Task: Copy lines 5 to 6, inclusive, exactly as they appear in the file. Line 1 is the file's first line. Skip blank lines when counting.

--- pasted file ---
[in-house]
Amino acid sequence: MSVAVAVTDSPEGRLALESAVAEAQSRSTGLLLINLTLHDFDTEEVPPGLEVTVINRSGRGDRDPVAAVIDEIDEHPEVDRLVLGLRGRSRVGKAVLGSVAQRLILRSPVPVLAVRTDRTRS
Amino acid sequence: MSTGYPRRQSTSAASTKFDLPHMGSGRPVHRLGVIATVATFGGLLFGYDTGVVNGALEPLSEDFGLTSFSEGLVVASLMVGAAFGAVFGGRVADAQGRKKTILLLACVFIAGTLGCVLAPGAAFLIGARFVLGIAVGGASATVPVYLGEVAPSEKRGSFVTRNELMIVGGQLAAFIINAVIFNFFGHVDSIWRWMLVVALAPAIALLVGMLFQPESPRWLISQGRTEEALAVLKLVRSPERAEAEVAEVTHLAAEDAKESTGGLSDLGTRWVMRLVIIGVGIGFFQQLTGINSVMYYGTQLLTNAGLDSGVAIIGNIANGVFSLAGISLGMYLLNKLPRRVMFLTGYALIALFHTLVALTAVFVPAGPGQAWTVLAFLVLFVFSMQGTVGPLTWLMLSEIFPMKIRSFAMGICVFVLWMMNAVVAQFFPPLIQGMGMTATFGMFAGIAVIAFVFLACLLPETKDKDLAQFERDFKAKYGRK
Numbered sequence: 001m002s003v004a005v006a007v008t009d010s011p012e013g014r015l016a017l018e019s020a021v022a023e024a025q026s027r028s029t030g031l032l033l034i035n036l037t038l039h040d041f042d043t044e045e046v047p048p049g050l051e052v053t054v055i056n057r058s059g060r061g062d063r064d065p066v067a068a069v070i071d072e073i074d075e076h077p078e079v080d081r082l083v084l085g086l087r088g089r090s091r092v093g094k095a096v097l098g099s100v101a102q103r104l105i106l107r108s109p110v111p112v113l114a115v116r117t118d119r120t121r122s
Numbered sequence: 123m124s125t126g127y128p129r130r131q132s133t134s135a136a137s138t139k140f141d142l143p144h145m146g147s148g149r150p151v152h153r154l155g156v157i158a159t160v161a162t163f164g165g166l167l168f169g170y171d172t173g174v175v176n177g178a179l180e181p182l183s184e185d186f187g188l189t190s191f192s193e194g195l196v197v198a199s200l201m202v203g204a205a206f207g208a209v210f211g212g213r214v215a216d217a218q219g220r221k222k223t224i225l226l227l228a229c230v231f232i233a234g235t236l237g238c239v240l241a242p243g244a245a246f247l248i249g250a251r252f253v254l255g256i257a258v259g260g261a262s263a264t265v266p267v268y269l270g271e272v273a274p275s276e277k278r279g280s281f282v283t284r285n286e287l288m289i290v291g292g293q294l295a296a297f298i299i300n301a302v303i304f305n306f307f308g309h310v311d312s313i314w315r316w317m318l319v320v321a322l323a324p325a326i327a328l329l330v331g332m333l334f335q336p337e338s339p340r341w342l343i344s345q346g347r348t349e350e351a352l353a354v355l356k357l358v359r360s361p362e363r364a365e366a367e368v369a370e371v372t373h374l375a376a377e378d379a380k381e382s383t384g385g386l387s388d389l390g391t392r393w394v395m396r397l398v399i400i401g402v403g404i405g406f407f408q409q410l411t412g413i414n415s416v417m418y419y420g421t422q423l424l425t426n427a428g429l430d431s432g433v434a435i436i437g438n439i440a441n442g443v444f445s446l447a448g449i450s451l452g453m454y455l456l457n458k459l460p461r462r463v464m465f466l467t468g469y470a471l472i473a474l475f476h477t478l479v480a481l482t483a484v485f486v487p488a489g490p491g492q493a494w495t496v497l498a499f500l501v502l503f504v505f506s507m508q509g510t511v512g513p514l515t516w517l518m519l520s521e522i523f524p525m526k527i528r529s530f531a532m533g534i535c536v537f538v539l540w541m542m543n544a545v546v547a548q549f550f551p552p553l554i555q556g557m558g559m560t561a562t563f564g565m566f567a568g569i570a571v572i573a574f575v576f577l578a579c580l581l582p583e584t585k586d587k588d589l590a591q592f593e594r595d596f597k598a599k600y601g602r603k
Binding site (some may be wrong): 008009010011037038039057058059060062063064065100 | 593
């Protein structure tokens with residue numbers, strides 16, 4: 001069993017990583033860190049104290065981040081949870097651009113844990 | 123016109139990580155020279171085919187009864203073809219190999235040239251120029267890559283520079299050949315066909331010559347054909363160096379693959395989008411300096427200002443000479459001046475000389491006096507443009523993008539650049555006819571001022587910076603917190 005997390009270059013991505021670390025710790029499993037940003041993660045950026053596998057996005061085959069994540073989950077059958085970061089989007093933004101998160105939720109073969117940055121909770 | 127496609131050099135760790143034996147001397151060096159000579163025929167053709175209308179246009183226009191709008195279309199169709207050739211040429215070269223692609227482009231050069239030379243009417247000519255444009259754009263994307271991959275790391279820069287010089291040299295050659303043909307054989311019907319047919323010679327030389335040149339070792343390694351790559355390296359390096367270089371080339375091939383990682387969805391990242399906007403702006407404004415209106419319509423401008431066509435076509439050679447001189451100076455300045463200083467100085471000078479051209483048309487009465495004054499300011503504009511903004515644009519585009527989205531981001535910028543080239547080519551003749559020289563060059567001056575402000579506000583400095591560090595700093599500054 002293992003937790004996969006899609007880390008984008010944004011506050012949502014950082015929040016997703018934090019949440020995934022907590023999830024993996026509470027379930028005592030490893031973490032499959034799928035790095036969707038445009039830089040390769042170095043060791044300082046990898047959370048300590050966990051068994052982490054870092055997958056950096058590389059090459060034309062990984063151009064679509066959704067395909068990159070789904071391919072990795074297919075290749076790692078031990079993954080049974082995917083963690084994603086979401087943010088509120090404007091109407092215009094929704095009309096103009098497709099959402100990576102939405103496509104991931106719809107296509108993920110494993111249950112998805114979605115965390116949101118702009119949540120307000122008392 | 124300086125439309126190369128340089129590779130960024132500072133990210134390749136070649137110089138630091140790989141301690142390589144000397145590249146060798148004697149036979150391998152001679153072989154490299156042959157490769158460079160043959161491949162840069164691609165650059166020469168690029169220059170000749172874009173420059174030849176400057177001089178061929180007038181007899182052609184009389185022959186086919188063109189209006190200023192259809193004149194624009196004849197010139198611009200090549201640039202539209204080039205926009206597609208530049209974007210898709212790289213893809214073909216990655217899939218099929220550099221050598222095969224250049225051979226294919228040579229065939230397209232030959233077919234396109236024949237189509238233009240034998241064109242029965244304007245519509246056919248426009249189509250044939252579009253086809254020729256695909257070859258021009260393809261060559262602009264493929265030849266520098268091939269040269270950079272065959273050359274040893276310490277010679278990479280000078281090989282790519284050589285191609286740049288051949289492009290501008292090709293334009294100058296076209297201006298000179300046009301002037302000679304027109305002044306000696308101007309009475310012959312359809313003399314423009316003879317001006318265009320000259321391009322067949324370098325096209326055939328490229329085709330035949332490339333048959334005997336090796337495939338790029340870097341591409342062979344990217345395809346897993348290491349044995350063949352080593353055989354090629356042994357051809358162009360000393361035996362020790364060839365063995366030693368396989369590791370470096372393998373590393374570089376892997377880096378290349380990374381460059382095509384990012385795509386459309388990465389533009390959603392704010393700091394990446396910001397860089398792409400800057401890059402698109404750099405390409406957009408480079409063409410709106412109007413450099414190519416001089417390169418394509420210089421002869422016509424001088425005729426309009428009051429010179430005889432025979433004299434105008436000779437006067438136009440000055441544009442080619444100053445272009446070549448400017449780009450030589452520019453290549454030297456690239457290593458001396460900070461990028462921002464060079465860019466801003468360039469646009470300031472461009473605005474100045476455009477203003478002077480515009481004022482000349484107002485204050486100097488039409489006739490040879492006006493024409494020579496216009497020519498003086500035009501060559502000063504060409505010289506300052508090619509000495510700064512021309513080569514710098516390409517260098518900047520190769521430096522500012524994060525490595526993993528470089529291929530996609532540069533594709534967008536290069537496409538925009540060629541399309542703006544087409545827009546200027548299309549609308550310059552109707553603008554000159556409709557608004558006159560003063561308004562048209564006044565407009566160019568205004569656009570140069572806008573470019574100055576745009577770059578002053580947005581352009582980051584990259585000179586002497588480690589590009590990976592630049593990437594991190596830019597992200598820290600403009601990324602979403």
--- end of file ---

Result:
Numbered sequence: 123m124s125t126g127y128p129r130r131q132s133t134s135a136a137s138t139k140f141d142l143p144h145m146g147s148g149r150p151v152h153r154l155g156v157i158a159t160v161a162t163f164g165g166l167l168f169g170y171d172t173g174v175v176n177g178a179l180e181p182l183s184e185d186f187g188l189t190s191f192s193e194g195l196v197v198a199s200l201m202v203g204a205a206f207g208a209v210f211g212g213r214v215a216d217a218q219g220r221k222k223t224i225l226l227l228a229c230v231f232i233a234g235t236l237g238c239v240l241a242p243g244a245a246f247l248i249g250a251r252f253v254l255g256i257a258v259g260g261a262s263a264t265v266p267v268y269l270g271e272v273a274p275s276e277k278r279g280s281f282v283t284r285n286e287l288m289i290v291g292g293q294l295a296a297f298i299i300n301a302v303i304f305n306f307f308g309h310v311d312s313i314w315r316w317m318l319v320v321a322l323a324p325a326i327a328l329l330v331g332m333l334f335q336p337e338s339p340r341w342l343i344s345q346g347r348t349e350e351a352l353a354v355l356k357l358v359r360s361p362e363r364a365e366a367e368v369a370e371v372t373h374l375a376a377e378d379a380k381e382s383t384g385g386l387s388d389l390g391t392r393w394v395m396r397l398v399i400i401g402v403g404i405g406f407f408q409q410l411t412g413i414n415s416v417m418y419y420g421t422q423l424l425t426n427a428g429l430d431s432g433v434a435i436i437g438n439i440a441n442g443v444f445s446l447a448g449i450s451l452g453m454y455l456l457n458k459l460p461r462r463v464m465f466l467t468g469y470a471l472i473a474l475f476h477t478l479v480a481l482t483a484v485f486v487p488a489g490p491g492q493a494w495t496v497l498a499f500l501v502l503f504v505f506s507m508q509g510t511v512g513p514l515t516w517l518m519l520s521e522i523f524p525m526k527i528r529s530f531a532m533g534i535c536v537f538v539l540w541m542m543n544a545v546v547a548q549f550f551p552p553l554i555q556g557m558g559m560t561a562t563f564g565m566f567a568g569i570a571v572i573a574f575v576f577l578a579c580l581l582p583e584t585k586d587k588d589l590a591q592f593e594r595d596f597k598a599k600y601g602r603k
Binding site (some may be wrong): 008009010011037038039057058059060062063064065100 | 593